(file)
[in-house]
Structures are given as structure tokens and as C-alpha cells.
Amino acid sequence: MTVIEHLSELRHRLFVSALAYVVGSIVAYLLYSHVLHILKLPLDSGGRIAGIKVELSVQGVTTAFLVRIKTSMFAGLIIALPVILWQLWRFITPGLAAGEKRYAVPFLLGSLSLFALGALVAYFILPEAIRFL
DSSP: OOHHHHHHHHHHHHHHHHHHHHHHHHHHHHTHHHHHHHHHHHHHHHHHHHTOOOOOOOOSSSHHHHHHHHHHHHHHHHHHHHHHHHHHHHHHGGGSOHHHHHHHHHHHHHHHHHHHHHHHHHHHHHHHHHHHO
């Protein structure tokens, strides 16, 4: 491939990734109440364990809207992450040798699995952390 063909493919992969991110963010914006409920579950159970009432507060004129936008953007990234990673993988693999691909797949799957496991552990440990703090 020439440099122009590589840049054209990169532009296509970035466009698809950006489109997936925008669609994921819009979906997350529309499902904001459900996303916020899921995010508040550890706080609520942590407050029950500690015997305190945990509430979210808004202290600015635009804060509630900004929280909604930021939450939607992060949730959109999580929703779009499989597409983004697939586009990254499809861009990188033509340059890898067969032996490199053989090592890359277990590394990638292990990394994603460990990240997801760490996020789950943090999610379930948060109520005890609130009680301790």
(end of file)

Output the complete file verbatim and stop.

[in-house]
Structures are given as structure tokens and as C-alpha cells.
Amino acid sequence: MTVIEHLSELRHRLFVSALAYVVGSIVAYLLYSHVLHILKLPLDSGGRIAGIKVELSVQGVTTAFLVRIKTSMFAGLIIALPVILWQLWRFITPGLAAGEKRYAVPFLLGSLSLFALGALVAYFILPEAIRFL
DSSP: OOHHHHHHHHHHHHHHHHHHHHHHHHHHHHTHHHHHHHHHHHHHHHHHHHTOOOOOOOOSSSHHHHHHHHHHHHHHHHHHHHHHHHHHHHHHGGGSOHHHHHHHHHHHHHHHHHHHHHHHHHHHHHHHHHHHO
């Protein structure tokens, strides 16, 4: 491939990734109440364990809207992450040798699995952390 063909493919992969991110963010914006409920579950159970009432507060004129936008953007990234990673993988693999691909797949799957496991552990440990703090 020439440099122009590589840049054209990169532009296509970035466009698809950006489109997936925008669609994921819009979906997350529309499902904001459900996303916020899921995010508040550890706080609520942590407050029950500690015997305190945990509430979210808004202290600015635009804060509630900004929280909604930021939450939607992060949730959109999580929703779009499989597409983004697939586009990254499809861009990188033509340059890898067969032996490199053989090592890359277990590394990638292990990394994603460990990240997801760490996020789950943090999610379930948060109520005890609130009680301790």